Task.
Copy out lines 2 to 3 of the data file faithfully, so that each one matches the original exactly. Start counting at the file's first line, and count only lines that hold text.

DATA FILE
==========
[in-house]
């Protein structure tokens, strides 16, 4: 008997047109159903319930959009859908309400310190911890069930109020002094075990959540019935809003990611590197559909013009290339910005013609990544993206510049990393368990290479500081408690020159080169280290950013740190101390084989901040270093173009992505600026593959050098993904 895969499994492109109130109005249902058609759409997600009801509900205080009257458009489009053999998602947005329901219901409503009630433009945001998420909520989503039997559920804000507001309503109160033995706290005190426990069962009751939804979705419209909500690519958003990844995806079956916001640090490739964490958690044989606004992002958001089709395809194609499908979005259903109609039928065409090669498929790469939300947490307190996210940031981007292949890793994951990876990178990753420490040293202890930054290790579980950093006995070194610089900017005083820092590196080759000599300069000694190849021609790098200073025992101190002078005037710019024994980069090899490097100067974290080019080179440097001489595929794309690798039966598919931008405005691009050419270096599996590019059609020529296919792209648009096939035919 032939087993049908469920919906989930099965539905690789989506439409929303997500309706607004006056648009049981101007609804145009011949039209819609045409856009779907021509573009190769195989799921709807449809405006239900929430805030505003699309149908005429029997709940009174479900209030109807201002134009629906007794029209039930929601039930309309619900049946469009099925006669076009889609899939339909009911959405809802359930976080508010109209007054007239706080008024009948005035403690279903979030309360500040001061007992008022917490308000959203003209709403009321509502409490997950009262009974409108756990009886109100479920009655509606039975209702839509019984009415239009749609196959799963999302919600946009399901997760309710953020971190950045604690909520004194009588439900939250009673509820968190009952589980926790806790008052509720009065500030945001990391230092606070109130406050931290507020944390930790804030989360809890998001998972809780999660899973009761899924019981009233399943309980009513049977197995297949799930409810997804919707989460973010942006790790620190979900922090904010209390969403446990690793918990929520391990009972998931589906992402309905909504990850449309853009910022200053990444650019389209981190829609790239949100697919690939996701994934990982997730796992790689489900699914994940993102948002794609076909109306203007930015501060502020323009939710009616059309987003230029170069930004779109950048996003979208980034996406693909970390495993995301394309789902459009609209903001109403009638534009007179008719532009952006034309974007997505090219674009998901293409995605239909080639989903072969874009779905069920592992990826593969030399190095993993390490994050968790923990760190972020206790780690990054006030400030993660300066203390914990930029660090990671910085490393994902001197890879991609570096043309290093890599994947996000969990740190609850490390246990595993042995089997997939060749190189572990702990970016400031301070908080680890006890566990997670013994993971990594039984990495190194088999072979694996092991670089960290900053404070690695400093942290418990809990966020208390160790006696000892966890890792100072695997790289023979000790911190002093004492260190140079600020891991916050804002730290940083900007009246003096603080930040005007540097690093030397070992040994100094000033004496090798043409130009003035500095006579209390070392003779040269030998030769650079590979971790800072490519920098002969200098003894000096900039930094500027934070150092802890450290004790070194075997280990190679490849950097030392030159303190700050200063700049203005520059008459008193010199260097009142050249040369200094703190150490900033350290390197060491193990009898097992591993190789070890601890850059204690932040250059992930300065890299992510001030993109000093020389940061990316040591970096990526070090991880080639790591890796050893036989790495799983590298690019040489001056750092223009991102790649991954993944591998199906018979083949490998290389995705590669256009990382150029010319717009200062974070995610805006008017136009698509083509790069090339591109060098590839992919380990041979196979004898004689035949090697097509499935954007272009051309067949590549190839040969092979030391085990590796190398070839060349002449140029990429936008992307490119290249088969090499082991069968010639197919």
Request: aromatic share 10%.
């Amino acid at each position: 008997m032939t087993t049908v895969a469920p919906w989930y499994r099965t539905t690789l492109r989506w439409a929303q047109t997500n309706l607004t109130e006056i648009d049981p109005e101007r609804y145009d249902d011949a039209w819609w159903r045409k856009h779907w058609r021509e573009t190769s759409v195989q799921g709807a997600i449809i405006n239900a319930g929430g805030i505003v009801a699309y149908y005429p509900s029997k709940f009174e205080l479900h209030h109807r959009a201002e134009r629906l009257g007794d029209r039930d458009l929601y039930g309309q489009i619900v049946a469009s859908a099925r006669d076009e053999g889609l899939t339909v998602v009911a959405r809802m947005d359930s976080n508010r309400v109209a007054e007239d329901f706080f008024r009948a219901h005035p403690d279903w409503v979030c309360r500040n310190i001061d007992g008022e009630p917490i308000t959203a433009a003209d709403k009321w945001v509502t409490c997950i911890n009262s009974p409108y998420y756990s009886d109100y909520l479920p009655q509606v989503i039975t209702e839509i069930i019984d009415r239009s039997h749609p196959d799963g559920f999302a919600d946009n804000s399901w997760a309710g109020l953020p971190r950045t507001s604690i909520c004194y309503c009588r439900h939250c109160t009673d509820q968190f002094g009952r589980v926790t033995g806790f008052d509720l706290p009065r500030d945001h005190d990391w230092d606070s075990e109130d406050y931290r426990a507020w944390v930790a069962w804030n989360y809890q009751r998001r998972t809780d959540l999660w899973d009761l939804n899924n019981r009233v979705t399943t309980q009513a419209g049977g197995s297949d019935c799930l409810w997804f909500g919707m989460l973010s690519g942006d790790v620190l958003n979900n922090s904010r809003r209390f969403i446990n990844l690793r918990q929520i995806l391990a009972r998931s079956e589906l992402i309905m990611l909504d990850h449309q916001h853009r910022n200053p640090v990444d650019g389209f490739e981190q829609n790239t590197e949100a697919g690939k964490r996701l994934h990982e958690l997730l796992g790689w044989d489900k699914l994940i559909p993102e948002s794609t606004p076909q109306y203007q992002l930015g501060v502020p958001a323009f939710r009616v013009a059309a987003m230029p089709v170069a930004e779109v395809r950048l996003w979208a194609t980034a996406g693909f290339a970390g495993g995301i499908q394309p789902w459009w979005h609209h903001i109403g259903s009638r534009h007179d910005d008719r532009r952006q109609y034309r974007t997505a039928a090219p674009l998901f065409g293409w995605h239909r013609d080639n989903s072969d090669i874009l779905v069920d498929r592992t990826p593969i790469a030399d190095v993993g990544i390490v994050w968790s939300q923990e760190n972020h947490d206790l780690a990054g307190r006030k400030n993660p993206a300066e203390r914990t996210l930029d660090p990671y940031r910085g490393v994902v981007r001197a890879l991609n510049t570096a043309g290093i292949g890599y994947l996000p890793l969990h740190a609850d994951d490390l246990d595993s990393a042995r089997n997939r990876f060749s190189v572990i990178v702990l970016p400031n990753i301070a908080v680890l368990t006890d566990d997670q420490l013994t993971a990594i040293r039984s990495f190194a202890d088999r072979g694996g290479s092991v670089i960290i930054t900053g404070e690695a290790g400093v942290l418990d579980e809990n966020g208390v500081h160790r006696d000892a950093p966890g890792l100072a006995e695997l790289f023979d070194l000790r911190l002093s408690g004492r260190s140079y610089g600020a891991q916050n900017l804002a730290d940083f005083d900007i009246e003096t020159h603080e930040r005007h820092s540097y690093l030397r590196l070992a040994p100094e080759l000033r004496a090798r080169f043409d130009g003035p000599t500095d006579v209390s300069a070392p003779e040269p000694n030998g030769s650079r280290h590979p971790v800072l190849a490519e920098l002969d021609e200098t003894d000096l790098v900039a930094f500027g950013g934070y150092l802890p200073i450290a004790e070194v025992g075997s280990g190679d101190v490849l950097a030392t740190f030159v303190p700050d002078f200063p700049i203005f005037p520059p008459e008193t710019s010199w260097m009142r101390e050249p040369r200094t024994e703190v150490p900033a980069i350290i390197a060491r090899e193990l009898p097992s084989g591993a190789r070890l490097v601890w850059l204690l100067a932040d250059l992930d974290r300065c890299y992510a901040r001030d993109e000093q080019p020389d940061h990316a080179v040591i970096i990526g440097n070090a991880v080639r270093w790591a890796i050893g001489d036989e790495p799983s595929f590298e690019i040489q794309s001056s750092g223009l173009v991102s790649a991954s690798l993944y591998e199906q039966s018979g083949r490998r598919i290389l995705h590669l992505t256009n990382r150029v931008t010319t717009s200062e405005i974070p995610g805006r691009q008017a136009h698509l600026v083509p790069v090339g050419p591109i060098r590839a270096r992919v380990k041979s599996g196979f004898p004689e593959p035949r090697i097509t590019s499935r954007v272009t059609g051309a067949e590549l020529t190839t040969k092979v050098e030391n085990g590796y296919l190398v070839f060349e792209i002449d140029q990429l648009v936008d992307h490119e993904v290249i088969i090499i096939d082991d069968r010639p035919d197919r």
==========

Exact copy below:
């Protein structure tokens, strides 16, 4: 008997047109159903319930959009859908309400310190911890069930109020002094075990959540019935809003990611590197559909013009290339910005013609990544993206510049990393368990290479500081408690020159080169280290950013740190101390084989901040270093173009992505600026593959050098993904 895969499994492109109130109005249902058609759409997600009801509900205080009257458009489009053999998602947005329901219901409503009630433009945001998420909520989503039997559920804000507001309503109160033995706290005190426990069962009751939804979705419209909500690519958003990844995806079956916001640090490739964490958690044989606004992002958001089709395809194609499908979005259903109609039928065409090669498929790469939300947490307190996210940031981007292949890793994951990876990178990753420490040293202890930054290790579980950093006995070194610089900017005083820092590196080759000599300069000694190849021609790098200073025992101190002078005037710019024994980069090899490097100067974290080019080179440097001489595929794309690798039966598919931008405005691009050419270096599996590019059609020529296919792209648009096939035919 032939087993049908469920919906989930099965539905690789989506439409929303997500309706607004006056648009049981101007609804145009011949039209819609045409856009779907021509573009190769195989799921709807449809405006239900929430805030505003699309149908005429029997709940009174479900209030109807201002134009629906007794029209039930929601039930309309619900049946469009099925006669076009889609899939339909009911959405809802359930976080508010109209007054007239706080008024009948005035403690279903979030309360500040001061007992008022917490308000959203003209709403009321509502409490997950009262009974409108756990009886109100479920009655509606039975209702839509019984009415239009749609196959799963999302919600946009399901997760309710953020971190950045604690909520004194009588439900939250009673509820968190009952589980926790806790008052509720009065500030945001990391230092606070109130406050931290507020944390930790804030989360809890998001998972809780999660899973009761899924019981009233399943309980009513049977197995297949799930409810997804919707989460973010942006790790620190979900922090904010209390969403446990690793918990929520391990009972998931589906992402309905909504990850449309853009910022200053990444650019389209981190829609790239949100697919690939996701994934990982997730796992790689489900699914994940993102948002794609076909109306203007930015501060502020323009939710009616059309987003230029170069930004779109950048996003979208980034996406693909970390495993995301394309789902459009609209903001109403009638534009007179008719532009952006034309974007997505090219674009998901293409995605239909080639989903072969874009779905069920592992990826593969030399190095993993390490994050968790923990760190972020206790780690990054006030400030993660300066203390914990930029660090990671910085490393994902001197890879991609570096043309290093890599994947996000969990740190609850490390246990595993042995089997997939060749190189572990702990970016400031301070908080680890006890566990997670013994993971990594039984990495190194088999072979694996092991670089960290900053404070690695400093942290418990809990966020208390160790006696000892966890890792100072695997790289023979000790911190002093004492260190140079600020891991916050804002730290940083900007009246003096603080930040005007540097690093030397070992040994100094000033004496090798043409130009003035500095006579209390070392003779040269030998030769650079590979971790800072490519920098002969200098003894000096900039930094500027934070150092802890450290004790070194075997280990190679490849950097030392030159303190700050200063700049203005520059008459008193010199260097009142050249040369200094703190150490900033350290390197060491193990009898097992591993190789070890601890850059204690932040250059992930300065890299992510001030993109000093020389940061990316040591970096990526070090991880080639790591890796050893036989790495799983590298690019040489001056750092223009991102790649991954993944591998199906018979083949490998290389995705590669256009990382150029010319717009200062974070995610805006008017136009698509083509790069090339591109060098590839992919380990041979196979004898004689035949090697097509499935954007272009051309067949590549190839040969092979030391085990590796190398070839060349002449140029990429936008992307490119290249088969090499082991069968010639197919």
Request: aromatic share 10%.